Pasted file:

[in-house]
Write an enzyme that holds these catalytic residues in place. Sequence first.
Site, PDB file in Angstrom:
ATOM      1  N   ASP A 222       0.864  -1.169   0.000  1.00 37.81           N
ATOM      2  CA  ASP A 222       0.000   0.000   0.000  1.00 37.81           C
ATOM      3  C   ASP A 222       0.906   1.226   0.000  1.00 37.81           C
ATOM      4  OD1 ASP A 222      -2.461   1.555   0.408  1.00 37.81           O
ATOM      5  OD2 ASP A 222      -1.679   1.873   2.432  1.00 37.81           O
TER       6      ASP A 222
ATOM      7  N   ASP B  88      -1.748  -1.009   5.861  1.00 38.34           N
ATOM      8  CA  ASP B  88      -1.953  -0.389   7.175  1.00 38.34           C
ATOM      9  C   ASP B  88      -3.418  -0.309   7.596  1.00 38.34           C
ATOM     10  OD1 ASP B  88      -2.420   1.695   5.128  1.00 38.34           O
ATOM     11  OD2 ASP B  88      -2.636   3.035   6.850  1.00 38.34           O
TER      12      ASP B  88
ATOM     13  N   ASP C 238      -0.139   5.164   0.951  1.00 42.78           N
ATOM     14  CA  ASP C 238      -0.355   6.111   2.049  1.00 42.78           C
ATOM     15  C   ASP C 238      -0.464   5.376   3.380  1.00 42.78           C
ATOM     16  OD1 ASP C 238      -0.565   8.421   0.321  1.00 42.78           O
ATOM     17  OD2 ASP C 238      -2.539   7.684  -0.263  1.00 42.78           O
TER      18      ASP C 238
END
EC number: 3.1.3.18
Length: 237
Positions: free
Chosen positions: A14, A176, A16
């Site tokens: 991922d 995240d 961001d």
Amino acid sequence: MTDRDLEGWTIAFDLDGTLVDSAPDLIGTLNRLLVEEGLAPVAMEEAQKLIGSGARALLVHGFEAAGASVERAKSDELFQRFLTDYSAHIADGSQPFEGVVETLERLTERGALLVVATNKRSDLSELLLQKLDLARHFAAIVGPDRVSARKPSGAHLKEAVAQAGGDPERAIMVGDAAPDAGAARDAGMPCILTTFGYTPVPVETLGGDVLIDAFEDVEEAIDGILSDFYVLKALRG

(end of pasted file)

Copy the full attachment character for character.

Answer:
[in-house]
Write an enzyme that holds these catalytic residues in place. Sequence first.
Site, PDB file in Angstrom:
ATOM      1  N   ASP A 222       0.864  -1.169   0.000  1.00 37.81           N
ATOM      2  CA  ASP A 222       0.000   0.000   0.000  1.00 37.81           C
ATOM      3  C   ASP A 222       0.906   1.226   0.000  1.00 37.81           C
ATOM      4  OD1 ASP A 222      -2.461   1.555   0.408  1.00 37.81           O
ATOM      5  OD2 ASP A 222      -1.679   1.873   2.432  1.00 37.81           O
TER       6      ASP A 222
ATOM      7  N   ASP B  88      -1.748  -1.009   5.861  1.00 38.34           N
ATOM      8  CA  ASP B  88      -1.953  -0.389   7.175  1.00 38.34           C
ATOM      9  C   ASP B  88      -3.418  -0.309   7.596  1.00 38.34           C
ATOM     10  OD1 ASP B  88      -2.420   1.695   5.128  1.00 38.34           O
ATOM     11  OD2 ASP B  88      -2.636   3.035   6.850  1.00 38.34           O
TER      12      ASP B  88
ATOM     13  N   ASP C 238      -0.139   5.164   0.951  1.00 42.78           N
ATOM     14  CA  ASP C 238      -0.355   6.111   2.049  1.00 42.78           C
ATOM     15  C   ASP C 238      -0.464   5.376   3.380  1.00 42.78           C
ATOM     16  OD1 ASP C 238      -0.565   8.421   0.321  1.00 42.78           O
ATOM     17  OD2 ASP C 238      -2.539   7.684  -0.263  1.00 42.78           O
TER      18      ASP C 238
END
EC number: 3.1.3.18
Length: 237
Positions: free
Chosen positions: A14, A176, A16
């Site tokens: 991922d 995240d 961001d």
Amino acid sequence: MTDRDLEGWTIAFDLDGTLVDSAPDLIGTLNRLLVEEGLAPVAMEEAQKLIGSGARALLVHGFEAAGASVERAKSDELFQRFLTDYSAHIADGSQPFEGVVETLERLTERGALLVVATNKRSDLSELLLQKLDLARHFAAIVGPDRVSARKPSGAHLKEAVAQAGGDPERAIMVGDAAPDAGAARDAGMPCILTTFGYTPVPVETLGGDVLIDAFEDVEEAIDGILSDFYVLKALRG